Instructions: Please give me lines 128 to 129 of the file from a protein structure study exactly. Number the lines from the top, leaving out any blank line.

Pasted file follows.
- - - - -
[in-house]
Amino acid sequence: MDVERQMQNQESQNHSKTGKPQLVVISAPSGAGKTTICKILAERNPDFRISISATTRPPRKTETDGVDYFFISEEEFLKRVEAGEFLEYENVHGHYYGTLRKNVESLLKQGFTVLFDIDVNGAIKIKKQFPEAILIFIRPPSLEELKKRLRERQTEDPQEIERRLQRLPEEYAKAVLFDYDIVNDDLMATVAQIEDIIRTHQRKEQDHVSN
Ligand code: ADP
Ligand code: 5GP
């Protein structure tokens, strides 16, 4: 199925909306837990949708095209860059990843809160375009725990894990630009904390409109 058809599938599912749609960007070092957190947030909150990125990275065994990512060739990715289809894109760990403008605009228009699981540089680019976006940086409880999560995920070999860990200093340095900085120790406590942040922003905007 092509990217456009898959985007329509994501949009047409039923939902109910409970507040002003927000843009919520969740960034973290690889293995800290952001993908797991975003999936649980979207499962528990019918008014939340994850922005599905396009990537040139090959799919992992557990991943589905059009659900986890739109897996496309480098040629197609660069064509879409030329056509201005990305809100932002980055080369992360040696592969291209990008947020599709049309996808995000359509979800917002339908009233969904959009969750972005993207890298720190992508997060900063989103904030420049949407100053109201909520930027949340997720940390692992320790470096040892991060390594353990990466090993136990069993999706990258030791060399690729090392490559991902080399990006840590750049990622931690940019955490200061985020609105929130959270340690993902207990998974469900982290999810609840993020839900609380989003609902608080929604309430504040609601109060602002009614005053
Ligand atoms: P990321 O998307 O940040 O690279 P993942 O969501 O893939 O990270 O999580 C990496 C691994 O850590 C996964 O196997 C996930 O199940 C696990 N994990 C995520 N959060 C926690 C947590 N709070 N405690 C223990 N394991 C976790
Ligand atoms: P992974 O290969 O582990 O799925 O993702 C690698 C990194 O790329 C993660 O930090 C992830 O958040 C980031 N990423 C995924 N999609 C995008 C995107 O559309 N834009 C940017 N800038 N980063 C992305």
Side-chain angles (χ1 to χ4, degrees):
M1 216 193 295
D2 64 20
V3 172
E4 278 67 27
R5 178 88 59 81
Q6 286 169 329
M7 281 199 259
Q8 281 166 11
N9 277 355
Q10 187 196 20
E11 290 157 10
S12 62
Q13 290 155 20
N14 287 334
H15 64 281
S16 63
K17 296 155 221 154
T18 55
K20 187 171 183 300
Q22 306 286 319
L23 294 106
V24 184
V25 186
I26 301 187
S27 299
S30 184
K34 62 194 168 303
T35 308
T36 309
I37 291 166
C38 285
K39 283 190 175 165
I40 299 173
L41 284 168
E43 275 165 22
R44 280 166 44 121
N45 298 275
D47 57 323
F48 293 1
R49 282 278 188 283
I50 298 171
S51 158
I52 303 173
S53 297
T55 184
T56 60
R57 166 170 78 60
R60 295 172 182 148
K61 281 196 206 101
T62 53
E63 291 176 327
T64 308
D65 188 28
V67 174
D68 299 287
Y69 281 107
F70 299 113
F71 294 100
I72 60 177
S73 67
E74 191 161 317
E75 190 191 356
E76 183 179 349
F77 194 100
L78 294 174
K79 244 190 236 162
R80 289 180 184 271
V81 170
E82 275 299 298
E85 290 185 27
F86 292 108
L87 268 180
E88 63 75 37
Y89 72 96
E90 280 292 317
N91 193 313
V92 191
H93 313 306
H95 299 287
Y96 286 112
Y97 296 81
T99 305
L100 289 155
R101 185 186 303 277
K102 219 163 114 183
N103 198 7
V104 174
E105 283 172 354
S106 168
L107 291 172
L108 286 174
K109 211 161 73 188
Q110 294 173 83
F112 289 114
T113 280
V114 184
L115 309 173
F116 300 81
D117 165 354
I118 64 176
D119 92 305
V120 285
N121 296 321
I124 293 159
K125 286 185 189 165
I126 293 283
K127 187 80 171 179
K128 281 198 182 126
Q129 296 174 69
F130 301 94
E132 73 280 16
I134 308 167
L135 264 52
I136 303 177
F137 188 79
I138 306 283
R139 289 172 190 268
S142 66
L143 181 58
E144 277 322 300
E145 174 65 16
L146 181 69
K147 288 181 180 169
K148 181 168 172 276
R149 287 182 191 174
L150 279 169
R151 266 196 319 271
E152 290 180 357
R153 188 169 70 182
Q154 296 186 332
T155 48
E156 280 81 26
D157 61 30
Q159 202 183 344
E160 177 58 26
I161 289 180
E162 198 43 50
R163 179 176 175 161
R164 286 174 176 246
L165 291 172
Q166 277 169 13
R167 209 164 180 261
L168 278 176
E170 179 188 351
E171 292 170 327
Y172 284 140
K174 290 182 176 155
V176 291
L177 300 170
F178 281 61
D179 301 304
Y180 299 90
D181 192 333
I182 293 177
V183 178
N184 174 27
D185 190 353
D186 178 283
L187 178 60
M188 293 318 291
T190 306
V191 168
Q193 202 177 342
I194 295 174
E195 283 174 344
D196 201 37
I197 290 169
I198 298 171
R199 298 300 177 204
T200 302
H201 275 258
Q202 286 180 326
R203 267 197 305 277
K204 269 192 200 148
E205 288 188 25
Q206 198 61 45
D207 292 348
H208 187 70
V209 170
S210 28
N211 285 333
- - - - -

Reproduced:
E144 277 322 300
E145 174 65 16